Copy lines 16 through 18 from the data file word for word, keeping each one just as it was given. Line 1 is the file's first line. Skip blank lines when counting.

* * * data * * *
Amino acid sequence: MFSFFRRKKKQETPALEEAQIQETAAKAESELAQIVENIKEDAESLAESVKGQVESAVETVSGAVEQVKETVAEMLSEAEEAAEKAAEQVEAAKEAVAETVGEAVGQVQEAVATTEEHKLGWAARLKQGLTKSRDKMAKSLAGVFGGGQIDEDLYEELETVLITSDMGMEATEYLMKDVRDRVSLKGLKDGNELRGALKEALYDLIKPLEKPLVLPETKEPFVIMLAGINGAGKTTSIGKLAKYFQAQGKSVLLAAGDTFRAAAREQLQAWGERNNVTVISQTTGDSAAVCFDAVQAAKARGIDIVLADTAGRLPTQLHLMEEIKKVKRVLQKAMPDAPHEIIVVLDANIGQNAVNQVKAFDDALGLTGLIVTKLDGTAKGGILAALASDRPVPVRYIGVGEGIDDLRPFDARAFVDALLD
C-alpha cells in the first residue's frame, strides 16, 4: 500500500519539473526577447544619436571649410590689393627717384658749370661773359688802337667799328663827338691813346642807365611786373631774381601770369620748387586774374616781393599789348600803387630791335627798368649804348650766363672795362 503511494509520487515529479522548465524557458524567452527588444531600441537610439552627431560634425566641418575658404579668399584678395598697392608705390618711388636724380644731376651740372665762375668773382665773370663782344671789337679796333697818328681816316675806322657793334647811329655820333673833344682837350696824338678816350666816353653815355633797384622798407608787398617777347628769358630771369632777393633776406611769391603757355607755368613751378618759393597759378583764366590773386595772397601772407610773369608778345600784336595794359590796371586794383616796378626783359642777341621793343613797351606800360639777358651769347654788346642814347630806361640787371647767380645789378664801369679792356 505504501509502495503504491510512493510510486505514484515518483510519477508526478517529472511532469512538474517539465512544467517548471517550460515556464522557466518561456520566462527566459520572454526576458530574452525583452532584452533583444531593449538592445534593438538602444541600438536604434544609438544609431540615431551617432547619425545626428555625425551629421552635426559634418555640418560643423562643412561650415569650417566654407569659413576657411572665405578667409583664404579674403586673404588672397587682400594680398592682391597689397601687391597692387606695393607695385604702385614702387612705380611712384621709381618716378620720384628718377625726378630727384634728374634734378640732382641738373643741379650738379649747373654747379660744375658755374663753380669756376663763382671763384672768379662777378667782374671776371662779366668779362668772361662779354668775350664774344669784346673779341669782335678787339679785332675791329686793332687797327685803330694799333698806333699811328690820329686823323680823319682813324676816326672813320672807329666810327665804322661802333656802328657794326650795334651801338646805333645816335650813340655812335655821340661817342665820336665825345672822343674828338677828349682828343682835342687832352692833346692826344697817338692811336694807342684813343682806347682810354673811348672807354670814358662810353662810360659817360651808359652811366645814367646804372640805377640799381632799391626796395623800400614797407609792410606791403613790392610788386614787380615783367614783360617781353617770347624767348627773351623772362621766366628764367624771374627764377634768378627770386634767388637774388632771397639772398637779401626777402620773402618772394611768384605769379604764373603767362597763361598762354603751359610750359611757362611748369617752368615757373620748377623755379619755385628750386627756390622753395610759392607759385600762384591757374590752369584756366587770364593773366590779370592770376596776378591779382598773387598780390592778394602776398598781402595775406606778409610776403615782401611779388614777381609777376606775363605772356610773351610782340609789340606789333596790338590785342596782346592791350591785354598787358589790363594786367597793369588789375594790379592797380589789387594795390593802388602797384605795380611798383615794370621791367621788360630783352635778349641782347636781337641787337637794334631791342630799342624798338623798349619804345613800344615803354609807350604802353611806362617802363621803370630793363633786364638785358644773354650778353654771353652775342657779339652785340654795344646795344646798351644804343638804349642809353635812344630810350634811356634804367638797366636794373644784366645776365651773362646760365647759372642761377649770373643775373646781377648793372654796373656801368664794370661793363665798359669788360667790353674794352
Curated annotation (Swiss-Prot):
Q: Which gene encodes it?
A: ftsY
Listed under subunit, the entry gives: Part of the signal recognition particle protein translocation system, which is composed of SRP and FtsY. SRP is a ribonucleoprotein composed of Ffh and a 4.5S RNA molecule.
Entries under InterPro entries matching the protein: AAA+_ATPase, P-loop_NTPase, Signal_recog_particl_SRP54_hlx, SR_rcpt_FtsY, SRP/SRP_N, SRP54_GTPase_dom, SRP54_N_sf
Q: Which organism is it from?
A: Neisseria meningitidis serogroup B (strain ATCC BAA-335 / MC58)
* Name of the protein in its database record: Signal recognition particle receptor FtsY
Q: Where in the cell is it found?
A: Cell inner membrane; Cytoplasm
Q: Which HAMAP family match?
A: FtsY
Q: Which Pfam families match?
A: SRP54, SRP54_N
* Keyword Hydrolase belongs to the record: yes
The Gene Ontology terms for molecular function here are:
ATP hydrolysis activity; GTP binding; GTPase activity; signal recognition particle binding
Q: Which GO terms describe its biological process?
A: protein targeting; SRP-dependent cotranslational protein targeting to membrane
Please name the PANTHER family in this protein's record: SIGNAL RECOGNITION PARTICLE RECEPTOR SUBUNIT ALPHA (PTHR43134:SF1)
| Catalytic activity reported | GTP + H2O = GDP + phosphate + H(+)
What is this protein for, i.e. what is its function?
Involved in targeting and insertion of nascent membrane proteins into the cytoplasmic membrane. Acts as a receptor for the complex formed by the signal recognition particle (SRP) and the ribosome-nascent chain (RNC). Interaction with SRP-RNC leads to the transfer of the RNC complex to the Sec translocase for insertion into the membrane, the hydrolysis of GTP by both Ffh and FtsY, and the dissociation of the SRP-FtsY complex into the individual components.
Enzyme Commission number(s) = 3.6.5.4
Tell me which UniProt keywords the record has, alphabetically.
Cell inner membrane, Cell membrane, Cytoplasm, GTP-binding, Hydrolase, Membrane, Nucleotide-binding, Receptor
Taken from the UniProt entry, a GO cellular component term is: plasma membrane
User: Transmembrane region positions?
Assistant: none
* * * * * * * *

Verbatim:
A: SRP54, SRP54_N
* Keyword Hydrolase belongs to the record: yes
The Gene Ontology terms for molecular function here are: